Cannon v. Stevens School of Business, Inc.

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560 P.2d 1383 (1977)

Sterling B. CANNON et al., Plaintiffs and Respondents, v. STEVENS SCHOOL OF BUSINESS, INC., Defendant and Appellant.

No. 14378.

Supreme Court of Utah.

March 9, 1977.

Bryce E. Roe of Roe & Fowler, Salt Lake City, for defendant and appellant.

Del B. Rowe, Salt Lake City, for plaintiffs and respondents.

MAUGHAN, Justice:

Plaintiffs brought this action seeking recovery under a contract of employment. The trial was to the court. Judgment was *1384 rendered in favor of plaintiffs. Defendant appeals, prays reversal and remand; with directions to grant the relief prayed in its counterclaim.

We affirm the trial court. Costs to plaintiffs.

Plaintiffs were employed by defendant, to engage "aggressively in student recruitment." Defendant operated two business colleges, one in Salt Lake City, and one in Ogden, Utah. The terms of employment were set forth in a written contract, drawn by defendant. Those provisions relevant to this dispute were contained in sections VII and IX, of the agreement.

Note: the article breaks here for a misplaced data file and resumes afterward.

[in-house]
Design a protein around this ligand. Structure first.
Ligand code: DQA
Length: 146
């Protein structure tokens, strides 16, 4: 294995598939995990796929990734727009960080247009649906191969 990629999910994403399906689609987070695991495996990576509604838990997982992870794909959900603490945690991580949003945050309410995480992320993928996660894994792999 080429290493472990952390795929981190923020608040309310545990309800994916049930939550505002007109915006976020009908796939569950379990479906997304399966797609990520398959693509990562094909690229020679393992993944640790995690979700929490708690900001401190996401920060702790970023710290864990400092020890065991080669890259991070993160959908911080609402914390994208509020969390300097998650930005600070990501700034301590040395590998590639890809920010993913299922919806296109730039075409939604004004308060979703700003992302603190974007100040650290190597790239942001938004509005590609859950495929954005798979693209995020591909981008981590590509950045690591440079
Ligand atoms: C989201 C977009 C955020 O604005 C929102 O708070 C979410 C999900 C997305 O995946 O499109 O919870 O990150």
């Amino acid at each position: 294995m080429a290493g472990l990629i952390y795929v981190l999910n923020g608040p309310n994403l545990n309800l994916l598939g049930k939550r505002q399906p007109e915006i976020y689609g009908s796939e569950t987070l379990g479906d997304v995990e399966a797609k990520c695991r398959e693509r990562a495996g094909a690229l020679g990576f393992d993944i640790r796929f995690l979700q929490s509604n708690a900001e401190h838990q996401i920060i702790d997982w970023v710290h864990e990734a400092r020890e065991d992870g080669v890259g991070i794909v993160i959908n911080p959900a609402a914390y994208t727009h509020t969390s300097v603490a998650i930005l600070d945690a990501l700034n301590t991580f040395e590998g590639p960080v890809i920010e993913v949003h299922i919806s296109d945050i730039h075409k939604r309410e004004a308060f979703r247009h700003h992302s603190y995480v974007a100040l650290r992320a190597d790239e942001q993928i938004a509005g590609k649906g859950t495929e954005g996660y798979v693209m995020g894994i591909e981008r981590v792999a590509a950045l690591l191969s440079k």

VII. To accept as compensation under this employment agreement commission on tuitions received by the college from all approved enrollments credited to you under the terms of this employment agreement as follows: 13 1/2% for all enrollments taken where the current address is in Weber, Salt Lake or Davis Counties, and 15% for all enrollments taken outside these three counties. An additional 5% incentive commission will be credited to your commission account at year end in addition to the commissions shown above for all tuition income over $100,000.00 paid by your students during any calendar year (January 1st to December 31st). IX. In the event this agreement is terminated by either party and there exists a deficit balance in your commission account, the commission earned from the date of termination forward will be applied toward the deficit balance until that balance has been satisfied. Credit balances on this commission account after termination can be drawn quarterly, the draw to be made during the last month of each quarter, permitting the College to complete the accounting statements and reports for that quarter.